Business Law Involving Minor in Malaysia
Business Law, Contracts Elements, Minor, Malaysian Law...
1.0 Introduction In Malaysia, contract law is governed by the Contract Act 1950. The law in Malaysia evolved from English common law as a natural consequence of British rule. Therefore, many of the provisions in the Contract Act are the same to UK laws (TA, 2014). Contract Act 1950 must prevail if certain provisions differ from English law. When there are no provisions in the Contract Act 1950 in dealing with subjects concerning the law of contract, English law applies by virtue of Civil Law (Lee & Detta, 2009). Contracts and agreements are inevitable part in our daily life. The law of contract is a key element of the learning and practice of business law. Simply said, a business cannot exist without making contracts be it with their suppliers, customers, and employees and so the list goes on. Although the terms ‘contract’ and ‘agreement’ means the same thing, there is a difference between these two words. A contract is intentional, voluntary and legally binding agreements between two or more parties. Every contract contains an element of agreement but not all agreements are contract. What distinguishes a contract and other form of agreement is a contract give rise to legal rights and obligations. As the contract are legally binding, individuals is able to take another party to court if one of them fails in keeping promise made in the contract (About, 2014). According to law, the term minor is used to describe a person who is under the age in which one lawfully assumes adulthood and is legally granted rights as an adult in the society. The age may vary according to jurisdiction and application but it is usually set at either 18 or 21. As the law stands, it is generally acknowledged that minors cannot make contracts (Lee & Detta, 2009). However, there are circumstances and exceptions a contract can be legally binding with a minor. Referring to the assignment question, one must understand the key elements needed to form a contract beforehand.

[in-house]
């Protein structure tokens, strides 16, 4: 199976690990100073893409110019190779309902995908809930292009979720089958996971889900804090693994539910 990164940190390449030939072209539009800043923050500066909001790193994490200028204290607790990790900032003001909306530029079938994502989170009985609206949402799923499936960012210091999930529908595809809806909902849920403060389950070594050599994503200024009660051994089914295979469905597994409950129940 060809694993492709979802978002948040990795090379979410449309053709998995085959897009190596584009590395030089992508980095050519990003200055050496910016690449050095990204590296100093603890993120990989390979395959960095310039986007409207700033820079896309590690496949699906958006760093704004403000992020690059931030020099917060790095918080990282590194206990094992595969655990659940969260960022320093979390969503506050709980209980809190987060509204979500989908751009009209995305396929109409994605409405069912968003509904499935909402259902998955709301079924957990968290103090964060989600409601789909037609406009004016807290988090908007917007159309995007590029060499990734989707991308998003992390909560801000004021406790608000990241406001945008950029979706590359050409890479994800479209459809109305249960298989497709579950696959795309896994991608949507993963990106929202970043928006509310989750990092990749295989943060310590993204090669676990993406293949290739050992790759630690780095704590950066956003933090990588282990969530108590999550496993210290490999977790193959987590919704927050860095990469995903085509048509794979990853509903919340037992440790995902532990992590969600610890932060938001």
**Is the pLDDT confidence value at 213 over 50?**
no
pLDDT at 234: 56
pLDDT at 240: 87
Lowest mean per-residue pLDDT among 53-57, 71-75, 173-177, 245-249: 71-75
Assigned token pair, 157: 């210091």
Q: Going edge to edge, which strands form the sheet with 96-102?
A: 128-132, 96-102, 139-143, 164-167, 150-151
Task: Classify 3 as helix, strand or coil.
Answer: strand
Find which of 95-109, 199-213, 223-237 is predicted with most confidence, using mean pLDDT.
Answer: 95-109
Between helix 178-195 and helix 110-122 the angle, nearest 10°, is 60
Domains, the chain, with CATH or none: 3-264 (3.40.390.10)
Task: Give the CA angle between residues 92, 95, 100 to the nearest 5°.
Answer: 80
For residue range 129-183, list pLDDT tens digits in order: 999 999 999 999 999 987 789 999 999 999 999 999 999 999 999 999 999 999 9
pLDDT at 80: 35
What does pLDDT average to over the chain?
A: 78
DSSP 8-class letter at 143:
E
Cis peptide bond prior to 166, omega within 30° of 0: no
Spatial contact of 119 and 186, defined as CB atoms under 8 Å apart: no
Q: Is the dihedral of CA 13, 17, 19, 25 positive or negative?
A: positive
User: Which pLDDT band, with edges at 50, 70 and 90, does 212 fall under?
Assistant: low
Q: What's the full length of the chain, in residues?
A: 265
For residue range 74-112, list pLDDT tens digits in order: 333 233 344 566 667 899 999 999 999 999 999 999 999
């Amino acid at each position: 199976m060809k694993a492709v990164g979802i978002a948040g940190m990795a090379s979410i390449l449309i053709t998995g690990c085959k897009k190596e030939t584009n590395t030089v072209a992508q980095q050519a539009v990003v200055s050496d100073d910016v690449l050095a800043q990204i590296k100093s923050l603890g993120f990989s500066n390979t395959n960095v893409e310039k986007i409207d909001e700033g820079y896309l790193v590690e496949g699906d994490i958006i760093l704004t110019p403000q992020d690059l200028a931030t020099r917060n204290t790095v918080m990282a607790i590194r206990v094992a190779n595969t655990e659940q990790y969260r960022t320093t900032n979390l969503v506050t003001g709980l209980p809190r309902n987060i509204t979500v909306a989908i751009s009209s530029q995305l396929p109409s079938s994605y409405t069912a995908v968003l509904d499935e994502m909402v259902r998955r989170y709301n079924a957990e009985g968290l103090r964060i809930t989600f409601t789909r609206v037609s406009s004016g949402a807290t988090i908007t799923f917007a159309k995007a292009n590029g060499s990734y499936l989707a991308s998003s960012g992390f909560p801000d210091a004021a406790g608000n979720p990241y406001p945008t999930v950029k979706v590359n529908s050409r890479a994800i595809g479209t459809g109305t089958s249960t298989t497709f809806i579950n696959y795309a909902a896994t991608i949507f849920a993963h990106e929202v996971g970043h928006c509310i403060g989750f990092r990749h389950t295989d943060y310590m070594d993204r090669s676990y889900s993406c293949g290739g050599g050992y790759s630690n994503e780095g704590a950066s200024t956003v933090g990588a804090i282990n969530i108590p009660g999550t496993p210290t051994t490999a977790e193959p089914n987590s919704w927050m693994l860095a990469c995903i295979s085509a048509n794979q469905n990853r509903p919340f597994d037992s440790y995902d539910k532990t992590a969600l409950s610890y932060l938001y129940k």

2.0 Enforceable contract As mentioned earlier, not all agreements have the legal rights that legally bind both parties. A contract without the required component of a legally binding agreement is only an agreement nothing more than a conversation between the parties. There is a distinction between business agreement and social or domestic agreement. In business agreement context, the presumptions is the agreement is said to have legal relations while social or domestic does not considered as having legal relations (Goldman & Sigismond, 2007). Both are treated differently as friends and family do not normally expect their agreement to have legal effects and rely on trust instead. Example of social and domestic agreement is in Balfour v Balfour1 where the agreement made is not legally binding but it’s a promise for a husband to pay his wife allowance. However, in the case of Merritt v Merritt2, the agreement does have legal consequences as both are separated and no longer rely on trust. Although it may seem easy, it is really hard to prove that there is agreement by showing a valid offer and valid acceptance (Rush & Ottley, 2006). There are eight elements needed in a contract. In order to form an enforceable contract, the following basic elements must be fulfilled which is offer, acceptance, intention to create legal relations, consideration, certainty, capacity, consent and legality. Some of these elements will be explained in detail later. 2.1 Offer An offer is a convinced promise to be bound with specific terms. Offer or proposal is necessary to initiate an agreement. Section 2(a) Contract Act 1950 states that a proposal is made when an individual signifies his willingness to do or to refrain from doing anything to another party and he is aware of what is being offered (Lee & Detta, 2009). For an offer to be valid it must be accepted by the other person and the offer clearly justified what is being presented and its terms. In Gunthing v Lynn3, the contract is invalid as the offer is indefinite as the horse is only being paid if it was ‘lucky’. Similarly in Affin Credit (Malaysia) Sdn. Bhd. v Yap Yuen Fui 4, the court declared the contract as void from the beginning due to lack of offer and acceptance. Under section 4(1) Contract Act 1950, an offer is in effect once it is communicated by both parties. An offer is not necessarily to be written down and a contract can even be made orally provided it contains the element of a legally binding agreement (Blum, 2007).